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Some background to understand how it works

I have a hierarchy of Javascript Objects, in this case I will call them Sprites. Each Sprite reference 1:1 an HTML Element.

This is an abstraction layer for HTML & CSS;

Currently when you change a property:

mySprite.set('width', 100);

it will not update the HTML Element in a synchronous way, but will start a timer of milliseconds, in order to wait for other changes applied to this HTML Element.


mySpite.set('width', 100);

after this change, the sprite is invalidated and after 25 milliseconds will update the HTML Element

mySprite.set('height', 100);

now this will restart the timer of 25 milliseconds and will wait 25 milliseconds to update the DOM with the width & height at the same time instead of 2 DOM changes

The problem

Now the problem I'm facing is this: (Hierarchy below represents the Sprites hierarchy, let's call them by the name they have)

I have this hierarchy and imagine that Sprites "aaaba" and "aaabc" changes it's style. Then the Sprite "aaab" adds more 3 Sprite children (they are shown in parenthesis, "aaabd", "aaabe" and "aaabf").

or in steps:

  1. aaaba.set('width', 100);
  2. aaabc.set('height', 45);
  3. aaab.addChildren(...3 children...);

Until now I would not want to make any updates to the DOM. After all Sprites have changed their properties and added and removed other Sprites (HOW DO I DISCOVER THIS MOMENT? with another timer of 25milliseconds?), I would want to work like this:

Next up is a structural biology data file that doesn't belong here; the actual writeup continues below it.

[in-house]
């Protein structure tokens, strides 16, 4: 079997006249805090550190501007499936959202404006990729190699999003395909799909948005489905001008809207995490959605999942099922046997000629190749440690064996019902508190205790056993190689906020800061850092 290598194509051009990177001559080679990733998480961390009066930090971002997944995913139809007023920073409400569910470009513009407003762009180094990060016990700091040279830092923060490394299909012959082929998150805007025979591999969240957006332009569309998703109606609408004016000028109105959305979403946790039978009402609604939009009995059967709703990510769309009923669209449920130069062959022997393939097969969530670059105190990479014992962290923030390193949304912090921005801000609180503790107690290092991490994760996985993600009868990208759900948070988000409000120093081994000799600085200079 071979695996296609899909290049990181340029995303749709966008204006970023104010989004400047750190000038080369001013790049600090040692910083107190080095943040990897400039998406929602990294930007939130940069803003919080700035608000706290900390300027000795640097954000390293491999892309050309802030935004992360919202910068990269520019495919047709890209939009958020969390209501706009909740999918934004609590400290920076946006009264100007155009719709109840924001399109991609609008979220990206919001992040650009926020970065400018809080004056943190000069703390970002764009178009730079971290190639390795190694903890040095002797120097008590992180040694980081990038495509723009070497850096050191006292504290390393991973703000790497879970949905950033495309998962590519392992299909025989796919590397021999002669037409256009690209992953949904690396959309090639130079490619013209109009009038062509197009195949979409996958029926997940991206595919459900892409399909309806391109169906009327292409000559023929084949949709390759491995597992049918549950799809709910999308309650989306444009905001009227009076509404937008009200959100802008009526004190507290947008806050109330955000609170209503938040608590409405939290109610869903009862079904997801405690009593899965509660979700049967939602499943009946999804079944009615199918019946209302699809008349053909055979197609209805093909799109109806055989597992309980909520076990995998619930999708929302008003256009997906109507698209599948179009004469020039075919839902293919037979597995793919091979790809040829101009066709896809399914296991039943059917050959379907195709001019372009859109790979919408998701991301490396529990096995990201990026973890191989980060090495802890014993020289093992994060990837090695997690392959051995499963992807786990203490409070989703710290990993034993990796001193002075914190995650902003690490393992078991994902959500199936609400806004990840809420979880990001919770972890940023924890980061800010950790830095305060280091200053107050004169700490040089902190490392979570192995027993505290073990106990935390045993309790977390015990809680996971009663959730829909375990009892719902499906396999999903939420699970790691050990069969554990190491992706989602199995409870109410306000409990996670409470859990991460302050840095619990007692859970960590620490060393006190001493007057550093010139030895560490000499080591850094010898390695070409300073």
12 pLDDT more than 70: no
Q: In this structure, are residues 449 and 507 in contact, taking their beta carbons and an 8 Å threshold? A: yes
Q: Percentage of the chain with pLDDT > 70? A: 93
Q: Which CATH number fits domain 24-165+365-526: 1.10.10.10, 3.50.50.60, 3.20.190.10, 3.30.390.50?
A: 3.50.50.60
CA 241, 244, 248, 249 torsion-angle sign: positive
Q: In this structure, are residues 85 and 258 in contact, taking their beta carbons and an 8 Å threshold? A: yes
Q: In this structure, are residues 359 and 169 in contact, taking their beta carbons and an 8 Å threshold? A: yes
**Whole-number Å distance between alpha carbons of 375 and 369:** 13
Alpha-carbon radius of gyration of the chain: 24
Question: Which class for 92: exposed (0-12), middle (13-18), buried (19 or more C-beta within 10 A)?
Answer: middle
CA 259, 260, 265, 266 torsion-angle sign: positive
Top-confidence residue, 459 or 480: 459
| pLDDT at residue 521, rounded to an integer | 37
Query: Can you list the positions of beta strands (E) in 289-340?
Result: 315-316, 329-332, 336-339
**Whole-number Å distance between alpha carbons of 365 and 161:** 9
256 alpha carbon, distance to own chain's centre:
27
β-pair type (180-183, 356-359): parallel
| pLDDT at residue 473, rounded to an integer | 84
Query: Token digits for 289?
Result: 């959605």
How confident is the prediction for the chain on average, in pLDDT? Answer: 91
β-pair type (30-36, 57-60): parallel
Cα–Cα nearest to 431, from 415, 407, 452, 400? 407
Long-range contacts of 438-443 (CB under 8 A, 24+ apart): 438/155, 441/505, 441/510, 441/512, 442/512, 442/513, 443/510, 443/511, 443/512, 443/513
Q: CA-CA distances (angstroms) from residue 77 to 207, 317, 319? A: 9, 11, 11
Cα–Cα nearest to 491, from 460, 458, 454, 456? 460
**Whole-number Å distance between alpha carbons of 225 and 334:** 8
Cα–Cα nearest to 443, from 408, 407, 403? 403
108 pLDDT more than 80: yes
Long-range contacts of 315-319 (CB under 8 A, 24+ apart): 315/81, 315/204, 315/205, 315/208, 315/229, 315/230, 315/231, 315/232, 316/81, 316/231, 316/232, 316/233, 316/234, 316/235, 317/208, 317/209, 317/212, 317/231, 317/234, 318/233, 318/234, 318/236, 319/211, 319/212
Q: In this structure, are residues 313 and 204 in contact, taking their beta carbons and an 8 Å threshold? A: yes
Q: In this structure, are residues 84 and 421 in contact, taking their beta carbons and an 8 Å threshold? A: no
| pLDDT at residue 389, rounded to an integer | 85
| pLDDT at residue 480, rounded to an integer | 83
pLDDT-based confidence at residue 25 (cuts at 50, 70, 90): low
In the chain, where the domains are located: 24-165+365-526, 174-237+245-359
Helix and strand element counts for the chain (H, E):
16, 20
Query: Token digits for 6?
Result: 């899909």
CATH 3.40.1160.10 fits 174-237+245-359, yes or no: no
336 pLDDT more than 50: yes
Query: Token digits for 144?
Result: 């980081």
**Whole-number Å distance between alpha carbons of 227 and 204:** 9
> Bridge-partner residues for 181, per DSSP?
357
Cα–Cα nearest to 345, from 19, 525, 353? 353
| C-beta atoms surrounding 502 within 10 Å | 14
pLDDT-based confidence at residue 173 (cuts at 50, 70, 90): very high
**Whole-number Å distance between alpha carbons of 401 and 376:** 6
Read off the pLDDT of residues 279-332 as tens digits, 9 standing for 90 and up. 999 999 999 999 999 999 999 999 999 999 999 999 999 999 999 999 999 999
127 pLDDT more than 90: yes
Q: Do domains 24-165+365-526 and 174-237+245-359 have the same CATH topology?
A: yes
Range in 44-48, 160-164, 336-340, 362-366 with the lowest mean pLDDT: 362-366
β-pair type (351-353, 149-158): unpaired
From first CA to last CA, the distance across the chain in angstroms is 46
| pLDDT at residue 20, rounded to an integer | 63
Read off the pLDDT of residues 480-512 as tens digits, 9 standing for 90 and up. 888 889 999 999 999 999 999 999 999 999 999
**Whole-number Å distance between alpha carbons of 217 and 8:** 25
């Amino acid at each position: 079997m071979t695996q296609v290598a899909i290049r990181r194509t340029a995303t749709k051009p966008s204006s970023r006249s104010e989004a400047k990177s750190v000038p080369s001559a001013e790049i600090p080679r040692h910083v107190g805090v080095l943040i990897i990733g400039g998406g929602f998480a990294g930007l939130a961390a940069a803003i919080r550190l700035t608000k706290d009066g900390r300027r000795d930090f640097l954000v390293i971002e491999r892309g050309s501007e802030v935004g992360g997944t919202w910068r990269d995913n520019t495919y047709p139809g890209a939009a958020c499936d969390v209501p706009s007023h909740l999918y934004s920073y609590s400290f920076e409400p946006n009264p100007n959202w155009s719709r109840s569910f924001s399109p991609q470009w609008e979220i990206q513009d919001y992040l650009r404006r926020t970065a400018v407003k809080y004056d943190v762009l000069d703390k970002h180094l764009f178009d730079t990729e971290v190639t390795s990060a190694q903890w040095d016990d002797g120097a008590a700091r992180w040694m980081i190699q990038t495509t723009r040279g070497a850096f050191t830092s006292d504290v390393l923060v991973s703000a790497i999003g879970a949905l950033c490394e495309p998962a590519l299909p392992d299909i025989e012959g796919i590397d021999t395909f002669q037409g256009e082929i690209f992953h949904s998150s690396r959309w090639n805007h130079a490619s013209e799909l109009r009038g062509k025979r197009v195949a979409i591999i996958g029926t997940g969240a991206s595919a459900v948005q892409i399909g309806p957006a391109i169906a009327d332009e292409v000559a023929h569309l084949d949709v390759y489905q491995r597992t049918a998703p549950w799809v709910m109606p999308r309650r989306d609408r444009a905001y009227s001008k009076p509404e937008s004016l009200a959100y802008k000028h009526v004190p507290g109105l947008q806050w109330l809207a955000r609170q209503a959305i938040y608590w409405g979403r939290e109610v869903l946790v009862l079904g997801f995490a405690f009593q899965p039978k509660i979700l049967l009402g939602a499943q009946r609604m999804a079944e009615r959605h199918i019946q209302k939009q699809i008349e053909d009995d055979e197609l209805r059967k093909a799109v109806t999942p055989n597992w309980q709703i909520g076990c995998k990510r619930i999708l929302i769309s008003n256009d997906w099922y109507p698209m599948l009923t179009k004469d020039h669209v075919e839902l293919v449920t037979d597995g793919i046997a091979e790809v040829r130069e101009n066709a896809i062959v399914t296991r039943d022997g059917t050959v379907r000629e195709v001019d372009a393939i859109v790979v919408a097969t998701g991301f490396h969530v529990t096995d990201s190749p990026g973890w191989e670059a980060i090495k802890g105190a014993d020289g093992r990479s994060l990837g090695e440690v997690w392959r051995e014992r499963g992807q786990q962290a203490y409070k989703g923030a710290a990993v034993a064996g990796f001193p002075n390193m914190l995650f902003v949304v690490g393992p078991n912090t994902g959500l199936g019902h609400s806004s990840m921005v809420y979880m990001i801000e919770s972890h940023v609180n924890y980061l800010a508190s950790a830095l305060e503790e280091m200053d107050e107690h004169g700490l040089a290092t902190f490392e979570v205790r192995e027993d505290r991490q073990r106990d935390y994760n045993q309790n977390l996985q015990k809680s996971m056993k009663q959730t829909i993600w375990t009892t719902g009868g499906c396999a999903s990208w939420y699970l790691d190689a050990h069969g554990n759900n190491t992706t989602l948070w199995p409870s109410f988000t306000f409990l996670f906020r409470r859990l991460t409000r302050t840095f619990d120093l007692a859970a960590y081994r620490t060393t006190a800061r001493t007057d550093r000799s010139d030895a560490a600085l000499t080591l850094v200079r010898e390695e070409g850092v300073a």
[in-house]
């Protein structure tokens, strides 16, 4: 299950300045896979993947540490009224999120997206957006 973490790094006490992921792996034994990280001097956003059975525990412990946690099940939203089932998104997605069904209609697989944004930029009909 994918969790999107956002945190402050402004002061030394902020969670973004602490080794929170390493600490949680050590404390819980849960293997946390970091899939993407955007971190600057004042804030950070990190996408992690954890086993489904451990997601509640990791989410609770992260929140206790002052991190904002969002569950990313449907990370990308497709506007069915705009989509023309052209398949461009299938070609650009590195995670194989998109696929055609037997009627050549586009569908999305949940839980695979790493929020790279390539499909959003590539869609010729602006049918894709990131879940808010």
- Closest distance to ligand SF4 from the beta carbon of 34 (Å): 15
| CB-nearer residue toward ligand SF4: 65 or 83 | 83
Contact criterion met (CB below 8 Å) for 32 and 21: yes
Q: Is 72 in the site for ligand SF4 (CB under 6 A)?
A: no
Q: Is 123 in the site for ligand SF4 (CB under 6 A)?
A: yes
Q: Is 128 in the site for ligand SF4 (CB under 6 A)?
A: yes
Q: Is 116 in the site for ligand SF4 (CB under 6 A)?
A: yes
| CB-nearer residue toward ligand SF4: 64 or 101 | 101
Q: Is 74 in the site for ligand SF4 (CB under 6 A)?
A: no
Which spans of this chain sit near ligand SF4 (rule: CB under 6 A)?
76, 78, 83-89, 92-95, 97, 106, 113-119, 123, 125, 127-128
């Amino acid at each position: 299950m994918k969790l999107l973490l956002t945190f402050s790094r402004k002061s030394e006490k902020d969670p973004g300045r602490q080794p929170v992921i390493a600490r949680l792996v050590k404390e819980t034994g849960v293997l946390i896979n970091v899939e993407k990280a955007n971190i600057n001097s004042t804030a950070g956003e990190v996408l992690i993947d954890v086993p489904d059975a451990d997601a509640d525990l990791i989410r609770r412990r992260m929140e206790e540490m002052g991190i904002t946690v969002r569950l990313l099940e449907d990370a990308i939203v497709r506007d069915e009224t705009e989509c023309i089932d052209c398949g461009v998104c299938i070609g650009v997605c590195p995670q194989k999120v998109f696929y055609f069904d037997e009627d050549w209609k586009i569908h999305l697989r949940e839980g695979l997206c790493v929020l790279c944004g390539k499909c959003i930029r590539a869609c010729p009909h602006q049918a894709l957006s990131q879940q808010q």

1. Remove the Elements from DOM that are about to make major changes: aaa.removeChild(aaab)
  2. Change the style, and as they are not on DOM because their parent was removed in step1 this will not be so costly: aaaba.style.cssText = aaabc.style.cssText = "my new css"
  3. Append the children to the "aaab" element
  4. Append again the "aaab" to "aaa": aaa.appendChild(aaab);

In this way is faster to make DOM changes.

 | |-aaa
 | | |-aaaa
 | | |-aaab<
 | | | |-aaaba<
 | | | |-aaabb
 | | | |-aaabc<
 | | | |-(aaabd)<
 | | | |-(aaabe)<
 | | | |-(aaabf)<
 | | |-aaac
 | | |-aaad
 | |-aab
 | | |-aaba
 | | |-aabb
 | |-aac
 | |-aba
 | |-abb
share|improve this question
up vote 0 down vote accepted

I suppose there is no need to remove something from element tree, which is not part of a document.
Here is algorithm (I know nothing about your object model, so I made everything up)

function applyChanges (sprite, detached) {
    var detach = false, container
    if (!detached) {
        for (var i = 0; i < sprite.childSprites.length; i++) {
            if (areChangesMajor(sprite.childSprites[i])) {
                detach = true
    if (detach) {
        container = sprite.element.parentNode
        detached = true
    // ...
    // your stuff (applying styles, adding child sprites, etc) should be there
    // ...
    for (var i = 0; i < sprite.childSprites.length; i++) {
        applyChanges(sprite.childSprites[i], detached)
    if (detach) {
share|improve this answer
but when I would run this method? (because I don't know when the changes ends) and this method would run on the root Sprite, that contains everything? then it should loop all the hierarchy down, this will not have a good performance on over 300-500 elements. – Totty.js Sep 13 '11 at 11:09
Depending on event stream you might want to call this method A miliseconds after the last change but not later than B miliseconds since any sprite became dirty. Lets say A = 10 & b = 30 (like, one frame?). And looping through some 500~ elements shouldn't impact performance. – Leonid Sep 13 '11 at 11:35

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